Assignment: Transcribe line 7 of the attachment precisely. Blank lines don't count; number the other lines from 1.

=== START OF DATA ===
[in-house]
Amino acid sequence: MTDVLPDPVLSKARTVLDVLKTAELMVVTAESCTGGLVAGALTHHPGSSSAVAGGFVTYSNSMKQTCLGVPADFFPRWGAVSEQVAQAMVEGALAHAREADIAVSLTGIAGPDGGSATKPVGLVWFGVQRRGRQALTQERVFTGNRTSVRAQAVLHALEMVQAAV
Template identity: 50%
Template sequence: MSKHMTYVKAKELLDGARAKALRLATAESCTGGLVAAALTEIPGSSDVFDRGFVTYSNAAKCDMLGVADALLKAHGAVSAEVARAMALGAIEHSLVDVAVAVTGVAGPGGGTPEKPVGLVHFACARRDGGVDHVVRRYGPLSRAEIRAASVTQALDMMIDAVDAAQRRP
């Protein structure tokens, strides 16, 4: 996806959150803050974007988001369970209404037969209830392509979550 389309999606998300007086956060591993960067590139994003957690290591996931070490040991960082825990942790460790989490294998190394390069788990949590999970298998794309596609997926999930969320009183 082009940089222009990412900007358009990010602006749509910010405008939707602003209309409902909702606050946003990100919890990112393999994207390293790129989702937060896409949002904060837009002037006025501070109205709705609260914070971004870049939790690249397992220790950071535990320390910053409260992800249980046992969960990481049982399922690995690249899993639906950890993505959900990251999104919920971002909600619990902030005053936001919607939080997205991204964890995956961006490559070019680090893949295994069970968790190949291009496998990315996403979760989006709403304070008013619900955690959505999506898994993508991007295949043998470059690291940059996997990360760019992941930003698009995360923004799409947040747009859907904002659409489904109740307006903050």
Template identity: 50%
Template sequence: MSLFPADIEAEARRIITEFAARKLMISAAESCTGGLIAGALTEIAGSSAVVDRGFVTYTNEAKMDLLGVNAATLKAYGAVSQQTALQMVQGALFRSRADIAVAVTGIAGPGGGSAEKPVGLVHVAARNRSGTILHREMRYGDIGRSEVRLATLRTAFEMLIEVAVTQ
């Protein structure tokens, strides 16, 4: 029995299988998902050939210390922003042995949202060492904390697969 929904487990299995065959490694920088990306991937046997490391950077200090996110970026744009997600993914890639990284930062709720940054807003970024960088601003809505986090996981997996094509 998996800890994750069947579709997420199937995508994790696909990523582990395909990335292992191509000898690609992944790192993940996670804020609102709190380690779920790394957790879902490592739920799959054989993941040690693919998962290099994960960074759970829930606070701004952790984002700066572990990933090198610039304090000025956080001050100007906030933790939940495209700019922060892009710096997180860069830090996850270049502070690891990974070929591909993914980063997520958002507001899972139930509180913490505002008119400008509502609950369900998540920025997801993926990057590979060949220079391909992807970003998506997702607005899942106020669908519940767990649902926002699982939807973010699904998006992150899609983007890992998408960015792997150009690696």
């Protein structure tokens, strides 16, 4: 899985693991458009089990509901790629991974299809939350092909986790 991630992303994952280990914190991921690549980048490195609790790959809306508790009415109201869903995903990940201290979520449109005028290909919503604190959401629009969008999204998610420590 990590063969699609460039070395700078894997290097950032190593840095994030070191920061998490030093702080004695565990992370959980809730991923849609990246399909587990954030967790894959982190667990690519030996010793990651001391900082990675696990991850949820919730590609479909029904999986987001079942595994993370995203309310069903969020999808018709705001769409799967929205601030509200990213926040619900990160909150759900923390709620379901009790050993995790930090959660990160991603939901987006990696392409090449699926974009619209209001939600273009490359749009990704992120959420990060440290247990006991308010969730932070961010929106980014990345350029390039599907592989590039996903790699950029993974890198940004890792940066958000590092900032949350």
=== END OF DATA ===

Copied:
Template sequence: MSLFPADIEAEARRIITEFAARKLMISAAESCTGGLIAGALTEIAGSSAVVDRGFVTYTNEAKMDLLGVNAATLKAYGAVSQQTALQMVQGALFRSRADIAVAVTGIAGPGGGSAEKPVGLVHVAARNRSGTILHREMRYGDIGRSEVRLATLRTAFEMLIEVAVTQ